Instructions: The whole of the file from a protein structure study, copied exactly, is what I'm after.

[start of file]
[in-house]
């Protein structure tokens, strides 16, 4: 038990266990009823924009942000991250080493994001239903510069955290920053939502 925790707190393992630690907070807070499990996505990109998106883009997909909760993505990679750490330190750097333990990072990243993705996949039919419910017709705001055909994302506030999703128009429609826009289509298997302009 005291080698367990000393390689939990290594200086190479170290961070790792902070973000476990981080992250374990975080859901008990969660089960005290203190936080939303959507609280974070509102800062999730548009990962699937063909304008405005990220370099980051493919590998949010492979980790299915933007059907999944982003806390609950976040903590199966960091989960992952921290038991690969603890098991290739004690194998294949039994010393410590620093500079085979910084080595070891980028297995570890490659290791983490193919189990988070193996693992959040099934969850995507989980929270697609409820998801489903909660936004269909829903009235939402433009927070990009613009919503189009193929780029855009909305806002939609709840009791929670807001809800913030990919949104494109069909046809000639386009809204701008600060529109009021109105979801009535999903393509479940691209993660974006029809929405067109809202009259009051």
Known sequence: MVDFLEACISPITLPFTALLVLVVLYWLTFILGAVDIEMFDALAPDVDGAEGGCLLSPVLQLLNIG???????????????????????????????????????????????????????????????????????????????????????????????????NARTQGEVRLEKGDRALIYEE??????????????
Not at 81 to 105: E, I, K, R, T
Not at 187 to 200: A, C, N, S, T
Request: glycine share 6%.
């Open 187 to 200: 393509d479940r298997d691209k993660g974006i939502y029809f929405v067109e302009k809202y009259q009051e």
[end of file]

[in-house]
């Protein structure tokens, strides 16, 4: 038990266990009823924009942000991250080493994001239903510069955290920053939502 925790707190393992630690907070807070499990996505990109998106883009997909909760993505990679750490330190750097333990990072990243993705996949039919419910017709705001055909994302506030999703128009429609826009289509298997302009 005291080698367990000393390689939990290594200086190479170290961070790792902070973000476990981080992250374990975080859901008990969660089960005290203190936080939303959507609280974070509102800062999730548009990962699937063909304008405005990220370099980051493919590998949010492979980790299915933007059907999944982003806390609950976040903590199966960091989960992952921290038991690969603890098991290739004690194998294949039994010393410590620093500079085979910084080595070891980028297995570890490659290791983490193919189990988070193996693992959040099934969850995507989980929270697609409820998801489903909660936004269909829903009235939402433009927070990009613009919503189009193929780029855009909305806002939609709840009791929670807001809800913030990919949104494109069909046809000639386009809204701008600060529109009021109105979801009535999903393509479940691209993660974006029809929405067109809202009259009051």
Known sequence: MVDFLEACISPITLPFTALLVLVVLYWLTFILGAVDIEMFDALAPDVDGAEGGCLLSPVLQLLNIG???????????????????????????????????????????????????????????????????????????????????????????????????NARTQGEVRLEKGDRALIYEE??????????????
Not at 81 to 105: E, I, K, R, T
Not at 187 to 200: A, C, N, S, T
Request: glycine share 6%.
């Open 187 to 200: 393509d479940r298997d691209k993660g974006i939502y029809f929405v067109e302009k809202y009259q009051e």